Former major league manager Dusty Baker has a career .532 winning percentage and his 1,863 career wins rank 15th all-time. AP

Now that Alex Cora is gone, it’s time to start thinking about who will replace him as the Boston Red Sox manager.

It’s a tricky situation, given pitchers and catchers report to spring training in less than four weeks and every team has finalized its coaching staff for the 2020 season.

Typically in baseball there’s an unwritten rule that teams allow their coaches and executives to interview for other team’s jobs only if it’s a promotion. In this case, that would give the Red Sox free reign to steal another team’s bench coach, and there are a handful of them who are considered strong managerial candidates.

Rays bench coach Matt Quatraro makes a lot of sense for the Sox, given his ties to new chief baseball officer Chaim Bloom from their time together in Tampa Bay.

Mets bench coach Hensley Meulens has been a strong managerial candidate, speaks five languages and, like Xander Bogaerts, hails from the Dutch Caribbean.

But given we’re so close to spring training, and given the Astros and the Red Sox are looking for a new manager because of their own wrongdoing, it would be well within another team’s rights to deny any request to interview one of their coaches, even for a promotion.

The easiest move for the Red Sox would be to promote bench coach Ron Roenicke, who led the Brewers to a 342-331 record from 2011 until he was fired in 2015.

The Astros reportedly will do just that, temporarily promoting bench coach Joe Espada to fill Hinch’s role as interim manager.

They may be longshots but are worth mentioning: Dustin Pedroia and Jason Varitek are both considered potential big league managers, though Varitek has been content with his behind-the-scenes role with the Red Sox and Pedroia intends to keep playing in 2020.

If the Red Sox are interested in going outside the organization, and assuming they aren’t given permission to hire another team’s bench coach this late in the offseason, here’s a list of five potential candidates:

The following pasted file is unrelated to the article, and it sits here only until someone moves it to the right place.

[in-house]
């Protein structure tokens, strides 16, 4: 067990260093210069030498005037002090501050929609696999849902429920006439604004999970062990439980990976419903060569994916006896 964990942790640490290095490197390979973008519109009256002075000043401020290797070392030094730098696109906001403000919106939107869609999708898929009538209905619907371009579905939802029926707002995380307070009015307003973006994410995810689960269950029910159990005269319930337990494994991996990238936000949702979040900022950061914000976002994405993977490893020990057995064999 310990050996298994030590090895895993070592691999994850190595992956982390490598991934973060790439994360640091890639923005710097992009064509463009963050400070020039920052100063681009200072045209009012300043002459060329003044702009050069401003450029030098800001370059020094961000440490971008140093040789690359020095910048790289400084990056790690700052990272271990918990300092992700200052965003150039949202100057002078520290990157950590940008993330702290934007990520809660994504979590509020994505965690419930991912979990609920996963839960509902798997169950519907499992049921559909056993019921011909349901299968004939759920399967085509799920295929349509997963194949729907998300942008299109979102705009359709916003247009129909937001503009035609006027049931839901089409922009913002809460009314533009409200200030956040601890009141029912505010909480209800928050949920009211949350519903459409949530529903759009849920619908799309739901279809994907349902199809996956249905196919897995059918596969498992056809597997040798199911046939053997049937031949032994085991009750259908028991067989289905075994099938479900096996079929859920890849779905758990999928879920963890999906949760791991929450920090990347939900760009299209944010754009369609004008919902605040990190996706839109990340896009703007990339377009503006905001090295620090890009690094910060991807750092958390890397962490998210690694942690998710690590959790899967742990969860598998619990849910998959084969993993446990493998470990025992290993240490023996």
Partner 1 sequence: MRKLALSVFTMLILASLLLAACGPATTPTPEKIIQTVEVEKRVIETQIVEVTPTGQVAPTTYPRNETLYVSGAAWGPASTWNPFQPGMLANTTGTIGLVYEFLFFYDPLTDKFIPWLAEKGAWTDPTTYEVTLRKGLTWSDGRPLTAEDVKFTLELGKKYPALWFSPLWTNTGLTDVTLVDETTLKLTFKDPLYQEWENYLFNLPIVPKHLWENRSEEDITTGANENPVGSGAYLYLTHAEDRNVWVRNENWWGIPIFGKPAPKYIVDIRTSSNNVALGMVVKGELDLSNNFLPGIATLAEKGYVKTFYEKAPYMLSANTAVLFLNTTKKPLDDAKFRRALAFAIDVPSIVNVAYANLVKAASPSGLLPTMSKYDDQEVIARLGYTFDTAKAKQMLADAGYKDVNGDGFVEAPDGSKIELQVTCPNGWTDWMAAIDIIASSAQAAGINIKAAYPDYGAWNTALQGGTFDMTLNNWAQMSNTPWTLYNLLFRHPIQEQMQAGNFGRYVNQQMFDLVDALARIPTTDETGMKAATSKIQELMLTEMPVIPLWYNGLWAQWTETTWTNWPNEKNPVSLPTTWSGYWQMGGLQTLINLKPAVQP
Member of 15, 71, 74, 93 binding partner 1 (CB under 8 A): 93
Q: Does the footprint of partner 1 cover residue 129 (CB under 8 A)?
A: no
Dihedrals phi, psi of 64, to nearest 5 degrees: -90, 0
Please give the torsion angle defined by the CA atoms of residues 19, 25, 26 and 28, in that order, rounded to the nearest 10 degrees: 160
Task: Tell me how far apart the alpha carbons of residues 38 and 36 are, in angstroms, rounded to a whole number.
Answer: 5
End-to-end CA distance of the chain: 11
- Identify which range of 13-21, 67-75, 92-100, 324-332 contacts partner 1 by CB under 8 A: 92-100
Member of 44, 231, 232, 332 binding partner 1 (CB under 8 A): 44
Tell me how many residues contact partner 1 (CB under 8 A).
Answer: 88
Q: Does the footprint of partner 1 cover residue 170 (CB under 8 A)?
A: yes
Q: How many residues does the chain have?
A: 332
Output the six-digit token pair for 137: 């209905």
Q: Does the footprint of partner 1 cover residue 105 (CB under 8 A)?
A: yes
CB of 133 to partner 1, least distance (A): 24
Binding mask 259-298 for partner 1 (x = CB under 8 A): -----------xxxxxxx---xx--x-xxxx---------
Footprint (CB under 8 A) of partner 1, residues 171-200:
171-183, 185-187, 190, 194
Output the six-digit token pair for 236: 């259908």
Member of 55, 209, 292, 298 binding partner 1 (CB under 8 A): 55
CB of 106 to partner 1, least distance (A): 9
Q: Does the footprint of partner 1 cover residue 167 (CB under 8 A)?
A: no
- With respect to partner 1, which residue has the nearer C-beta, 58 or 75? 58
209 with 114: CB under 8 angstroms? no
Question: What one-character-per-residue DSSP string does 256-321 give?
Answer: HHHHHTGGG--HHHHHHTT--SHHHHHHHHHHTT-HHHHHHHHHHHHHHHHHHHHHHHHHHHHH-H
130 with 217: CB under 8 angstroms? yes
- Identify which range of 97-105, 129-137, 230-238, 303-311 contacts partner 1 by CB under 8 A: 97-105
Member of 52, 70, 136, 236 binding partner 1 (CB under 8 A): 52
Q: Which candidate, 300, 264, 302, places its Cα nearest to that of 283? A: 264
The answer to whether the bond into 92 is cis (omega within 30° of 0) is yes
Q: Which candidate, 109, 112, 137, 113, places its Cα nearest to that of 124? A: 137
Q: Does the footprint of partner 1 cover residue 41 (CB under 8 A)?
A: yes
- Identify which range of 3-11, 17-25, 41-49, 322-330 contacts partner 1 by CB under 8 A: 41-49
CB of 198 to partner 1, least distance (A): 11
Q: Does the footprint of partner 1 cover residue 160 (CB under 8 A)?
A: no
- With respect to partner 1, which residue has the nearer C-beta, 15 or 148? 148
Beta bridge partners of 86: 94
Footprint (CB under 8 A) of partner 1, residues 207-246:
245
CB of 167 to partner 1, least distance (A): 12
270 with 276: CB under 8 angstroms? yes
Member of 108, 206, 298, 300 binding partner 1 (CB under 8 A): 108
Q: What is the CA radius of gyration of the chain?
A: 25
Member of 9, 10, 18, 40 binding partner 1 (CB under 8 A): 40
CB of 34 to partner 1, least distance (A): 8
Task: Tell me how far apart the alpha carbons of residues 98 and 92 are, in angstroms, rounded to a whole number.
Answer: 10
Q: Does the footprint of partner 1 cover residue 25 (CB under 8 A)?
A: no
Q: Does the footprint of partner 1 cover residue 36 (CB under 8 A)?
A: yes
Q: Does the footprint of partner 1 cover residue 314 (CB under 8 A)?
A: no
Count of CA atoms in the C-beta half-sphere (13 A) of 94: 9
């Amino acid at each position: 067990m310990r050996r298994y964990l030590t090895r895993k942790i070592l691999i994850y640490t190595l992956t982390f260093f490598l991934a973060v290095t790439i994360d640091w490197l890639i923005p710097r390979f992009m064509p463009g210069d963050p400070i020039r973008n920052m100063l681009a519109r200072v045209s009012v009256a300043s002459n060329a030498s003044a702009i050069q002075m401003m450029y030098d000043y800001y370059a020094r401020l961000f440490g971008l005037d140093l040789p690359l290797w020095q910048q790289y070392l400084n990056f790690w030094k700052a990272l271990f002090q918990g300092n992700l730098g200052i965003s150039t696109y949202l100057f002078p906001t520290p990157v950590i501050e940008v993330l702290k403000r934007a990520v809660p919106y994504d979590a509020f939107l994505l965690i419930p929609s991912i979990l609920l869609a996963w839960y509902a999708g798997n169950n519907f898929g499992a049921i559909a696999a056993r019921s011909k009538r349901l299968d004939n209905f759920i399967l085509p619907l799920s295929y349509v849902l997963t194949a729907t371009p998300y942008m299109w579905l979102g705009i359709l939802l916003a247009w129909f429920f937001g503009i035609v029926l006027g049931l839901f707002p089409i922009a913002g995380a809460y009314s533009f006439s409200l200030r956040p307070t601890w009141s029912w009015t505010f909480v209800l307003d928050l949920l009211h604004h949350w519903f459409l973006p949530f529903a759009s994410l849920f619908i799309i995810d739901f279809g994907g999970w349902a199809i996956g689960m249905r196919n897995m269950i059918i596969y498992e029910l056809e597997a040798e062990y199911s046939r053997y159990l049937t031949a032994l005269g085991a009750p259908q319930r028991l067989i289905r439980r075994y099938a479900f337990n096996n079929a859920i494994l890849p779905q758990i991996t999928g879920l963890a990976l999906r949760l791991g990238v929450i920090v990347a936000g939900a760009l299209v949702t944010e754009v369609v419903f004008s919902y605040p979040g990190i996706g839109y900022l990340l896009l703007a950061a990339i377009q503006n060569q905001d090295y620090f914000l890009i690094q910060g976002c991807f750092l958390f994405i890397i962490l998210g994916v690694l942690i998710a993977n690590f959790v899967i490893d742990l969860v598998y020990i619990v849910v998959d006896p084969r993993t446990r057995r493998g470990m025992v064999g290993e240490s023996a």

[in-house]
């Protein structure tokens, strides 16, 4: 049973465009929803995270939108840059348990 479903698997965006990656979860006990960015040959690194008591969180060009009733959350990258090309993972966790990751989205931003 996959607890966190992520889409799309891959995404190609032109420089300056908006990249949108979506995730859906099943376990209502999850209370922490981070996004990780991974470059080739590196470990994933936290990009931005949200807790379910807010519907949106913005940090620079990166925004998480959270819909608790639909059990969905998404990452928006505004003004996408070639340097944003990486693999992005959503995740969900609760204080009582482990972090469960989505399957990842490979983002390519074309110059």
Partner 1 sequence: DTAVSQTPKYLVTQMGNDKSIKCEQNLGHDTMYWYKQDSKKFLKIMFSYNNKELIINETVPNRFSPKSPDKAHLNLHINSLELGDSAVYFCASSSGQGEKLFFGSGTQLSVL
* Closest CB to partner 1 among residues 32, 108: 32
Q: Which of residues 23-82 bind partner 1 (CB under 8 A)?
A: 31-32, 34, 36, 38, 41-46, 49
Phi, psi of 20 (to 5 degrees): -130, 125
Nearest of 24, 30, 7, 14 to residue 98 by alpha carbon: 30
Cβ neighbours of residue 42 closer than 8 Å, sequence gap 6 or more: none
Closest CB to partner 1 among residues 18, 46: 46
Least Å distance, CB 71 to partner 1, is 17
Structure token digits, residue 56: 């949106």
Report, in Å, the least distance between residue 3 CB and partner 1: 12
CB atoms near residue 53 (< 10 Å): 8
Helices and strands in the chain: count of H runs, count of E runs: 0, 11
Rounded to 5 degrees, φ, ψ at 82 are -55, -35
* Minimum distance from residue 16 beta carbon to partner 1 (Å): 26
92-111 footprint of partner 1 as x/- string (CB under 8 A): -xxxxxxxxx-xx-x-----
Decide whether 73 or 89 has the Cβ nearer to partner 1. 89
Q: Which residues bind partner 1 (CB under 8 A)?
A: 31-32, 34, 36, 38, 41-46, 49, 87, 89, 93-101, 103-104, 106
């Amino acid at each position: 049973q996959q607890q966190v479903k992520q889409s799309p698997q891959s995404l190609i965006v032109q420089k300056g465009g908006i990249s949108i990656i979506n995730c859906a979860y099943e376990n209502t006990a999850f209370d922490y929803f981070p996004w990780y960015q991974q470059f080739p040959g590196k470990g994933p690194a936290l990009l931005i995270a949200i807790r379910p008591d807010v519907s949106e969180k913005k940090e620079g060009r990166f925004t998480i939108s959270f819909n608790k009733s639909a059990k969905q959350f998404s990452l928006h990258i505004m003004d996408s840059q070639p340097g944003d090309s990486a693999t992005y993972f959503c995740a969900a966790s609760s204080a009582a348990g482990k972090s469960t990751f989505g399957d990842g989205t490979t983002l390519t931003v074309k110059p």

The Connecticut native was one of three people interviewed after the Red Sox fired John Farrell before the 2018 season. He’s had two runs as manager, and while neither of them were particularly successful (314-332 with the Tigers and 72-90 with the Angels), he’s a well-respected voice who continues to be a candidate for jobs around the game.


Baker was last seen winning 95-plus games a year for the Nationals in 2016 and 2017 before he was fired. Previously, he had won 90-plus games a year for the Reds before he was fired in 2013. He has a career .532 winning percentage and his 1,863 career wins rank 15th all-time. The 70-year-old Baker is one of the most successful and experienced candidates around.


A future Hall of Famer considered one of the best managers of all-time, Bochy said he was retiring after stepping down as Giants manager following the 2019 season. But the 64-year-old is a three-time World Series champion and admitted to the USA Today he wasn’t sure if retiring was the right decision. Could the Red Sox lure him back into the game?


His 13-year big league career ended in 2006, but Perez has quickly become an interesting candidate after his time on ESPN, similar to Cora. Perez was the Astros’ bench coach under Bo Porter in 2013 but resigned in 2014 to spend more time with family. The former Puerto Rican Winter League manager of the year was interviewed twice by the Mets before they hired Carlos Beltran this winter.


His 19-year career ended as a 42-year-old with the 2014 Royals, who came one win away from a World Series title, eventually losing to Bochy’s Giants. He’s reportedly been a highly regarded managerial candidate but would also need convincing, since he told the Los Angeles Times in October he wanted to manage one day, but “it’s not the right time for me.”

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